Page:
Thursday, September 8, 2011

Religious Freedom Understood Differently

Religion in North Korea is not an easy subject to talk about. There is a disconnect between appearance and reality that goes back to the time when North Korea based its policies on Marxism, considering religion superstition, the opium of the people, a tool of imperialism to exploit the masses. There have been significant changes since then, and an adviser to the Bishops Committee on Reconciliation with North Korea brings us up to date with her article in the Kyeongyang Magazine. 

From 1970, signs of change appeared with a thawing of the relations with the West. The religious federations began to come back to life and churches were restored. In the 1980s religious books and Christian religious services were allowed, including Catholic Masses; and churches were built.  Religion was grafted onto the Juche Ideology (independence and self-reliance).

In the country's constitution of 1972, it states: "Citizens are free to practice religion and  to speak against religion." It was amended later to: "Citizens have freedom to practice religion, build religious buildings and have religious services." The proviso that one has the freedom to speak against religion was dropped and replaced by "No one has the right to use religious influence to hurt the order of  society." Which the government is free to interpret in any way it wants. In the 1980s the  attitude toward religion again changed, as problems with the economy brought a desire for presenting to the world a better image of the country. The idea of bringing the South under their control was no longer pushed. Instead, the government decided to work with religious groups for a united Korea, with religion grafted onto their Juche ideology.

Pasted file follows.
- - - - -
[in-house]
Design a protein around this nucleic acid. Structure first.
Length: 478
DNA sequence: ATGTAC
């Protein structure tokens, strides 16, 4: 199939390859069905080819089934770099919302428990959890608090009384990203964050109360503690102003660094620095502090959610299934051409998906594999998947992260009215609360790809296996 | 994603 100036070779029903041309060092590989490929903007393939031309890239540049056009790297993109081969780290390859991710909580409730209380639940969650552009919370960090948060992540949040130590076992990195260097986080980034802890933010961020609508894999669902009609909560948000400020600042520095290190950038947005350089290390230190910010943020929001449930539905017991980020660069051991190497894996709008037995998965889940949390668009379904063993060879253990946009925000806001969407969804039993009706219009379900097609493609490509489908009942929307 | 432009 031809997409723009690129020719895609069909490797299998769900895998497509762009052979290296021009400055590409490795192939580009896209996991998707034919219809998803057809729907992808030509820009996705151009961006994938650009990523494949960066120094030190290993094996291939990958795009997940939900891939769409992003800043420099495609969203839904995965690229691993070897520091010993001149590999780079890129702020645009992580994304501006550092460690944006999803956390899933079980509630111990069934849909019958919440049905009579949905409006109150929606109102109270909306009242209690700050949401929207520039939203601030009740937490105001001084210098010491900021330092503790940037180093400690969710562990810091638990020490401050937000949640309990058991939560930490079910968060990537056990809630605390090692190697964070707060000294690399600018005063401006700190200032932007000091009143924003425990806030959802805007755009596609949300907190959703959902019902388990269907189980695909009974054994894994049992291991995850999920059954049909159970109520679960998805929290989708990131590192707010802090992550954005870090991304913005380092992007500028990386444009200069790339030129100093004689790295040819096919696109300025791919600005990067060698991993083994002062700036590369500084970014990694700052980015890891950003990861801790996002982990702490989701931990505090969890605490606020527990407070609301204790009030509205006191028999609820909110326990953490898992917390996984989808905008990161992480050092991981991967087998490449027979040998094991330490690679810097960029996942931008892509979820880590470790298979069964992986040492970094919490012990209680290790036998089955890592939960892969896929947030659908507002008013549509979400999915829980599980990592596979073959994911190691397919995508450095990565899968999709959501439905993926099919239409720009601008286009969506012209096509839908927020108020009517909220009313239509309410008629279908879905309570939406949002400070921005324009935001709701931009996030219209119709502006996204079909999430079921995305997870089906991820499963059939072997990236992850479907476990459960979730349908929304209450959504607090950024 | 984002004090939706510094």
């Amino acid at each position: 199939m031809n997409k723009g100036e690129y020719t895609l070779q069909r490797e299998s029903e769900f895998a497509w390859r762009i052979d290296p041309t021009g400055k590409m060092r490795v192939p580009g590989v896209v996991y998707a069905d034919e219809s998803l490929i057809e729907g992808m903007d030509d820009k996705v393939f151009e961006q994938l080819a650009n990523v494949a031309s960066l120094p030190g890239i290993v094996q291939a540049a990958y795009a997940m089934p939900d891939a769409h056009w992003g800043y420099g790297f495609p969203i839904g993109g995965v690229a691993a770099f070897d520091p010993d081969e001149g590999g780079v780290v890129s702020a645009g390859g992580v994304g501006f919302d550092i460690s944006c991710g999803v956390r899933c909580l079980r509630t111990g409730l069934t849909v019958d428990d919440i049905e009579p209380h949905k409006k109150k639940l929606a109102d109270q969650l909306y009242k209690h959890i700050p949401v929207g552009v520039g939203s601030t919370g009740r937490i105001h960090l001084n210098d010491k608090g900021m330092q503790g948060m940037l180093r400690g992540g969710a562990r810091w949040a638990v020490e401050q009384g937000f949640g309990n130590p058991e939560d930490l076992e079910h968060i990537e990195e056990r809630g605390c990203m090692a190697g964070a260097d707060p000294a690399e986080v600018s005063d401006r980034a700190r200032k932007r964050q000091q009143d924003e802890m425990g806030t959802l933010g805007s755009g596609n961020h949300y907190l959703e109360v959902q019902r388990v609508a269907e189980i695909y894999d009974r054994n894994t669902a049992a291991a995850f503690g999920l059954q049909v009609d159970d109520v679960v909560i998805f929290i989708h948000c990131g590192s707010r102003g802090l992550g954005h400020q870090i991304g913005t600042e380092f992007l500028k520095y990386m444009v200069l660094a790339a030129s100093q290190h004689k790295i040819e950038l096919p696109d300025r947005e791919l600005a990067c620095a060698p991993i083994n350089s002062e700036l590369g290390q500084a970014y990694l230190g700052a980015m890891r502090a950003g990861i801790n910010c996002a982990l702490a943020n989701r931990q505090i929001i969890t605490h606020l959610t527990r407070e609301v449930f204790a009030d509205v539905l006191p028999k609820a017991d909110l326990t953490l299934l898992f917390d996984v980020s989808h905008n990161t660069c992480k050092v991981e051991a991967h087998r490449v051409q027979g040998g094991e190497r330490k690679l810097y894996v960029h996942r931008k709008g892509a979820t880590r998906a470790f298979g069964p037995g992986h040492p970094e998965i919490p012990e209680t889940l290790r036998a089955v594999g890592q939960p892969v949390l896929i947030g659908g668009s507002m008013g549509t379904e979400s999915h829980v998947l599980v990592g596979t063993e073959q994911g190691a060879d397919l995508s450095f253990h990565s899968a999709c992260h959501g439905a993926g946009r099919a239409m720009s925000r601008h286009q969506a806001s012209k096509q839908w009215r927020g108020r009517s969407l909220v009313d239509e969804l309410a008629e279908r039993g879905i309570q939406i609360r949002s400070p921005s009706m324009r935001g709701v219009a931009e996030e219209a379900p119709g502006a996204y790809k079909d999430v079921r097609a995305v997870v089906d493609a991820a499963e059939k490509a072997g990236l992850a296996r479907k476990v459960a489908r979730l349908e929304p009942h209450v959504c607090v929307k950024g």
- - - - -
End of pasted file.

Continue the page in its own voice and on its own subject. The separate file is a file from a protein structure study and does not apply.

The way  people see the  religious issue in the North can be divided, says the writer, into two groups. One group sees churches being built, religious services being held, and religious groups being active, giving proof, they feel, that there is  religious freedom in the country. The other group says there is no real freedom of religion because of the divinization of the country's leader, and because the activities of the religious groups are more political than religious. Another viewpoint would agree with both groups, adding that though the practice of religion does exist in the North, if we look closely at the statues of the Labor Party of the North, they make no reference to religion, allow no freedom to evangelize and preach freely, and those who do are punished.

And also not to be forgotten, there has been persecution of many who have practiced their faith in the North. A house group in 2010 was dispersed, and the three leaders of the group executed, the others sent to prison. The writer suggests that the Church in the South, in its work of evangelization, set as one of its goal the task of helping the North  extend the current changes to a more meaningful appreciation of the value of religion.

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